The free houses that aren’t free

This sounds like a real bargain:

It’s yours for the price of a cup of coffee – a historic house in a terracotta-tiled hill town in Italy.

In fact for the price of a full English breakfast, you could snap up half a dozen of them.

A village in Sicily which has endured decades of population decline and neglect has come up with a novel, and seemingly too-good-to-refuse offer: it is selling off empty homes for just one euro each. That’s 80p at today’s exchange rate.

But it’s not, not really. Because you’ve got to do them up, costing perhaps €35,000. And once done up, well, will they be worth €35,000? Given that no one locally is doing them up then perhaps not. And it’s not unusual to find this in areas undergoing depopulation. A house being worth less than not just the build cost, but even the renovation cost. I’m seeing it here in Northern Bohemia too. In the centre of town then yes, housing has a positive value. But there’s hundreds (quite literally, hundreds) of places on the edge of town that you can have from the council for €1 each but it’s not worth having them. The renovation costs would be more than the value of the finished building.

That’s just what happens when the local population is shrinking.

21 comments on “The free houses that aren’t free

  1. This may be true if you want an investment property, if you want to sell it after you’ve renovated, but as a place to live – y’know, what houses are really for – it’s still a bargain, surely.

  2. Well, no, not really. Because if the renovation costs are “not worth it” then that is stating that you can purchase a renovated property for less than the cost of renovation……

  3. Rather like our local council sold off its housing at £29 each.
    The housing associations buying them had to spend millions between them bringing the council properties up to scratch.

  4. Why can’t we house the long-term unemployed in €1 houses in northern Bohemia? Would be a key benefit of European integration and stop them turning theirs and their neighbours’ British €300,000 houses into €1 houses.

  5. But Tim, on what basis are you saying that renovation costs are “not worth it”? What if I actually want to live there?

  6. OK, start from the beginning. You wish to live in Sicilian town. You have two choices. But one euro wreck and pay 35,000 to do it up. Total cost to you of 35,001. If you can buy an already renovated house for 30,000 then doing those renovations is not worth it, is it? You can achieve the same result for less money.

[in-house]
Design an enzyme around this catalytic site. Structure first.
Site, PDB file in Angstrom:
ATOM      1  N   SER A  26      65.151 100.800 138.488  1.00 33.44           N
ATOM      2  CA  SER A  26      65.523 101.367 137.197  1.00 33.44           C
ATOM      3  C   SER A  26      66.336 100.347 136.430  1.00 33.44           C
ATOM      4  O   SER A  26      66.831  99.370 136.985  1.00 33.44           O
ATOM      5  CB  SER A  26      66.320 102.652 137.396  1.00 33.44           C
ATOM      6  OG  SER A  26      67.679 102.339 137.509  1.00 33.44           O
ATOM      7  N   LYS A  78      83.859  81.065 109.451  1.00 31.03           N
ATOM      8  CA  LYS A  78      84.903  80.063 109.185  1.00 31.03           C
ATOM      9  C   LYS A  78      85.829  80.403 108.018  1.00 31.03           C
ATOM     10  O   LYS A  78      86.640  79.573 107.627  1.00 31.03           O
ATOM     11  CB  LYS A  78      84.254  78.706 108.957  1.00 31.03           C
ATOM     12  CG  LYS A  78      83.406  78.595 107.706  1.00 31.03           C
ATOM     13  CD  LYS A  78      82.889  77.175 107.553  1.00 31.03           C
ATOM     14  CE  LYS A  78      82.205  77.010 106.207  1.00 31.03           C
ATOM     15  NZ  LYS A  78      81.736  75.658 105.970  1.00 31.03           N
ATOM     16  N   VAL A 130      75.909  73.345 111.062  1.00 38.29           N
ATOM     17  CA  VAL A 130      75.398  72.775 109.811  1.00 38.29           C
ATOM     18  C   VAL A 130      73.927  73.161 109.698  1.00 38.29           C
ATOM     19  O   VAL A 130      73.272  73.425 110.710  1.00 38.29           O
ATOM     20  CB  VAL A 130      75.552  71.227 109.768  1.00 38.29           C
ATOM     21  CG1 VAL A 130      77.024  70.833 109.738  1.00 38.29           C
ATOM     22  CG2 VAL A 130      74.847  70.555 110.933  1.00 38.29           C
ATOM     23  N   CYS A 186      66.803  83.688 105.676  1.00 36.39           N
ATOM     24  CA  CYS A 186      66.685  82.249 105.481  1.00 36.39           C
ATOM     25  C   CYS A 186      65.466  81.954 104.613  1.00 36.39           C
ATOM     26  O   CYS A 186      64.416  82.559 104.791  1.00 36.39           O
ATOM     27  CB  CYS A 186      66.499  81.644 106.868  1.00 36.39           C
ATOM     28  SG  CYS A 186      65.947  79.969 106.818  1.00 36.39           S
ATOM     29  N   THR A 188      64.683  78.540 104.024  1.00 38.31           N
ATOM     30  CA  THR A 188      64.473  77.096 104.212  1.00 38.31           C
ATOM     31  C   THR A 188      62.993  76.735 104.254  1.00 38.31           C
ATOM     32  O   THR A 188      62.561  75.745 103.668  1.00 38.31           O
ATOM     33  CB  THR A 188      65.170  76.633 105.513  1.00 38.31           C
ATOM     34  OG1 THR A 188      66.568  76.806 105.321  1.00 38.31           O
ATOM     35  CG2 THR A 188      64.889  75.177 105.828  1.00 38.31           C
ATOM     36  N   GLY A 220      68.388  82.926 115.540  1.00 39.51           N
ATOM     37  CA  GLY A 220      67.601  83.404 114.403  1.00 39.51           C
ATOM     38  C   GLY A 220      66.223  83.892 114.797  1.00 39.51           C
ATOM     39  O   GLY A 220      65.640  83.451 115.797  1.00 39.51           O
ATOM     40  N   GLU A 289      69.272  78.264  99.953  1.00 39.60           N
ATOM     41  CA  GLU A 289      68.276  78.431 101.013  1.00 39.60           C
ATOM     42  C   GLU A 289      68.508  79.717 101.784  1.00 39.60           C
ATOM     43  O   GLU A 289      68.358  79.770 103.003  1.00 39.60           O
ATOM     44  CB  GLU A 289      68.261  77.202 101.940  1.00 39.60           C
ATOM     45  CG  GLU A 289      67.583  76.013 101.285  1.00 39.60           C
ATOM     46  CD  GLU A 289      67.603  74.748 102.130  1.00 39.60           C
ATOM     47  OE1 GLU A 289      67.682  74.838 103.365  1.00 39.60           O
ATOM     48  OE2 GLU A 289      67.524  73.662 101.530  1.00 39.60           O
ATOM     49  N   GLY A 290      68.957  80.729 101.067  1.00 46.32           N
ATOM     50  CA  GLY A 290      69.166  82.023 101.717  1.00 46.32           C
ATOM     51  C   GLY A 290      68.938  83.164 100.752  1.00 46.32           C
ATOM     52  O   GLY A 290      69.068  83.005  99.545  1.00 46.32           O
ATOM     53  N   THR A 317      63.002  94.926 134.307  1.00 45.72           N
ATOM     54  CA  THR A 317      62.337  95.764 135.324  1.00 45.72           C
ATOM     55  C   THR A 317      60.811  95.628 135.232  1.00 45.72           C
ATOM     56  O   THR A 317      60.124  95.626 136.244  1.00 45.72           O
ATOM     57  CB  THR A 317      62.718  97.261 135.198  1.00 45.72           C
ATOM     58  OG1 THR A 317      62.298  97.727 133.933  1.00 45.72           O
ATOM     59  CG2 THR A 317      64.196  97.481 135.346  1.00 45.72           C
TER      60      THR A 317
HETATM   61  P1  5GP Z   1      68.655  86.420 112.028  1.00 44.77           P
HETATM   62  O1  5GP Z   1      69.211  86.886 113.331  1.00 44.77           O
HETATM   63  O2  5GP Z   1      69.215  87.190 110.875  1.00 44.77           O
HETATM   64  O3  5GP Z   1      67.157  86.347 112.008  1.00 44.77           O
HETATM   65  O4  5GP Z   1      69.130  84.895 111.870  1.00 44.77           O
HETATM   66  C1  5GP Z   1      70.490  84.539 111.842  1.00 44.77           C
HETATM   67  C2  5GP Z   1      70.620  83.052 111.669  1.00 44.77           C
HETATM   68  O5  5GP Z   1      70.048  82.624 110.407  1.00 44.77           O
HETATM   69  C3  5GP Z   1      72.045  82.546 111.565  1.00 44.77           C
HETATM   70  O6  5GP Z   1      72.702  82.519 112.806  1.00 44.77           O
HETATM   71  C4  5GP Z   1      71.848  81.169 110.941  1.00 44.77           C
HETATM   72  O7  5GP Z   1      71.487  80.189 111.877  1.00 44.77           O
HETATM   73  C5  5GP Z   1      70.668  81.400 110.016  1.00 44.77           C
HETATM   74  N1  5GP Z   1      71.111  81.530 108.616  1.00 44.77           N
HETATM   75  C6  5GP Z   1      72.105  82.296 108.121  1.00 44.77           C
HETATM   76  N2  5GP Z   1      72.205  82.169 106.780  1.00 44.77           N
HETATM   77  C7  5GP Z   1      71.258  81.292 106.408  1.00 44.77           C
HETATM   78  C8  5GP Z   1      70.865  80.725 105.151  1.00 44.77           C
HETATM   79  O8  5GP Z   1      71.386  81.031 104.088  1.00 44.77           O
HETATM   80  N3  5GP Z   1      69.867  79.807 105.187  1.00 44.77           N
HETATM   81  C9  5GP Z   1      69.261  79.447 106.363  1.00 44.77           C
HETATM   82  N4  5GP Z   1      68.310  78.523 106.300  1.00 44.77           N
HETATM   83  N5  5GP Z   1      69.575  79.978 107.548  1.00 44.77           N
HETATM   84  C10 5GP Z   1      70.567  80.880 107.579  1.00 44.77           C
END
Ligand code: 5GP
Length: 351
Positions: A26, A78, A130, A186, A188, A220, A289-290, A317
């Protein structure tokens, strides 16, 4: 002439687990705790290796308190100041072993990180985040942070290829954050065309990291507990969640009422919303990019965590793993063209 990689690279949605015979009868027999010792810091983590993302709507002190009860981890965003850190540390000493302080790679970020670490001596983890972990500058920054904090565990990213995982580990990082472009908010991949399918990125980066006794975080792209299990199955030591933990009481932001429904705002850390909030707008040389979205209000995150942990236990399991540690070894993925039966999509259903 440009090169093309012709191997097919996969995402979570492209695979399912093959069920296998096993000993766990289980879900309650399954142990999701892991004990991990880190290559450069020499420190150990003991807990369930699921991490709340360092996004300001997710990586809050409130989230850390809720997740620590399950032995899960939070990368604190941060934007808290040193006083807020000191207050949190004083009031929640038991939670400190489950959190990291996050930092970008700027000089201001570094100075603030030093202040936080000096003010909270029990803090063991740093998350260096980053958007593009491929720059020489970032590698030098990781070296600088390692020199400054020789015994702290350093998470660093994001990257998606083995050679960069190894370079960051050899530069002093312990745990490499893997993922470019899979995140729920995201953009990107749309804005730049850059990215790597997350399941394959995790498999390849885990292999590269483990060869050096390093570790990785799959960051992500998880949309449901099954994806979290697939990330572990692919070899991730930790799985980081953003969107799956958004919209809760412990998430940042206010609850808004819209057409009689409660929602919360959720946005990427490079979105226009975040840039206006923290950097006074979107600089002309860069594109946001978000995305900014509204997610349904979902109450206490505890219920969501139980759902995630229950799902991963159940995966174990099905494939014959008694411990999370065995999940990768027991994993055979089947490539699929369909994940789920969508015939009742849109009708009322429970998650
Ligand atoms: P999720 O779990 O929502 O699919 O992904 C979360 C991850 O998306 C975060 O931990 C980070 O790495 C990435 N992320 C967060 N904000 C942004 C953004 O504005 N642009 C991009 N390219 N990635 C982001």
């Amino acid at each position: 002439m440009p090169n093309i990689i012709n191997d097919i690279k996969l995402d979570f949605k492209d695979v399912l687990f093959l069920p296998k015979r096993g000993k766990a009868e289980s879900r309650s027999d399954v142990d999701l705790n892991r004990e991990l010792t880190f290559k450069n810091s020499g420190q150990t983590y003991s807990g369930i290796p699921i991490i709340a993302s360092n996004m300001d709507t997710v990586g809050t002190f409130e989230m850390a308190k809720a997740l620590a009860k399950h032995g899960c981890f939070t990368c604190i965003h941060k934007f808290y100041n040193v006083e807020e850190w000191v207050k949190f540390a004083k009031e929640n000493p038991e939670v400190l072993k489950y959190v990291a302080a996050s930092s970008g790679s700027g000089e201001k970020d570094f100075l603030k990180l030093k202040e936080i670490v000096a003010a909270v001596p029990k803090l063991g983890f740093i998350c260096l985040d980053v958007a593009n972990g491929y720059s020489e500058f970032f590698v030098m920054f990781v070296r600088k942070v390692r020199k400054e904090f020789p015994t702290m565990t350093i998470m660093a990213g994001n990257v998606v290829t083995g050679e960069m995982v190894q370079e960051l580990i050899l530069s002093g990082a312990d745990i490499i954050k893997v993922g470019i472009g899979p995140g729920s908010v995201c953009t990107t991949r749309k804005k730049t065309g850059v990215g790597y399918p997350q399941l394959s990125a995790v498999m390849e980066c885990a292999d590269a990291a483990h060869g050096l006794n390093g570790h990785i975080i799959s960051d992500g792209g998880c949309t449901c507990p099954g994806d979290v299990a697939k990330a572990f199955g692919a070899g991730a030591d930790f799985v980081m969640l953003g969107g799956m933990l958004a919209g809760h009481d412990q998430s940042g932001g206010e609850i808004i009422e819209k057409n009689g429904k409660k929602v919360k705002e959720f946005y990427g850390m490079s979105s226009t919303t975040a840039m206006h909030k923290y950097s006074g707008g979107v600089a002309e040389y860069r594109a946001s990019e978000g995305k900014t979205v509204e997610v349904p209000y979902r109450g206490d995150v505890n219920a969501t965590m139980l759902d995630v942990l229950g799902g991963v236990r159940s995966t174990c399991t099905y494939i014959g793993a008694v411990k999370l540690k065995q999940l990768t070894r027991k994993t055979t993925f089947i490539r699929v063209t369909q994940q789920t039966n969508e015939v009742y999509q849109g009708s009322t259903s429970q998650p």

And that’s very definitely true here in Aussig. It’s “not worth” renovating many local properties simply because you can buy an already renovated one for less than the cost of renovation.

  7. I was told that in Lithuania there are apartments even worse than worthless, because you’re tied into a communal heating contract that costs more to heat than the heat and rent ion an equivalent flat.

    Don’t know if it was true, but the people who told me were very definite about it.

  8. It’s worth it if you can’t access £35,000 worth of credit. Perhaps you have a poor credit history or a criminal record; perhaps you are working in the black economy, or are doing a bit of Cosa Nostra work to make ends meet. Maybe you’re an African migrant with no work permit. Maybe you’re a single mother on benefits with a bit of DIY skill and/or a series of casual boyfriends who you can rope into doing some DIY for you. No bank is going to lend you any amount of money.

    The banks have their own costs and incentives too. Writing a secured loan on a £350,000 property with 5% down means the bank has a £17,500 buffer if you default: that could cover legal costs, bailiffs, etc. On a £35,000 property the same deposit ratio is just £1,750; and the Italian legal system is notoriously expensive and drawn-out. Britain is highly unusual in offering credit for the masses: many Italians will buy homes in cash, rather than on credit. (Note that Italy didn’t suffer a credit bubble like Spain.)

    In short, it’s a great deal for some people, but (probably) not the kind of people you want to attract to your town.

  9. By definition, if these houses are worth doing up someone already there would be doing them up. The Italians know a bargain when they see one.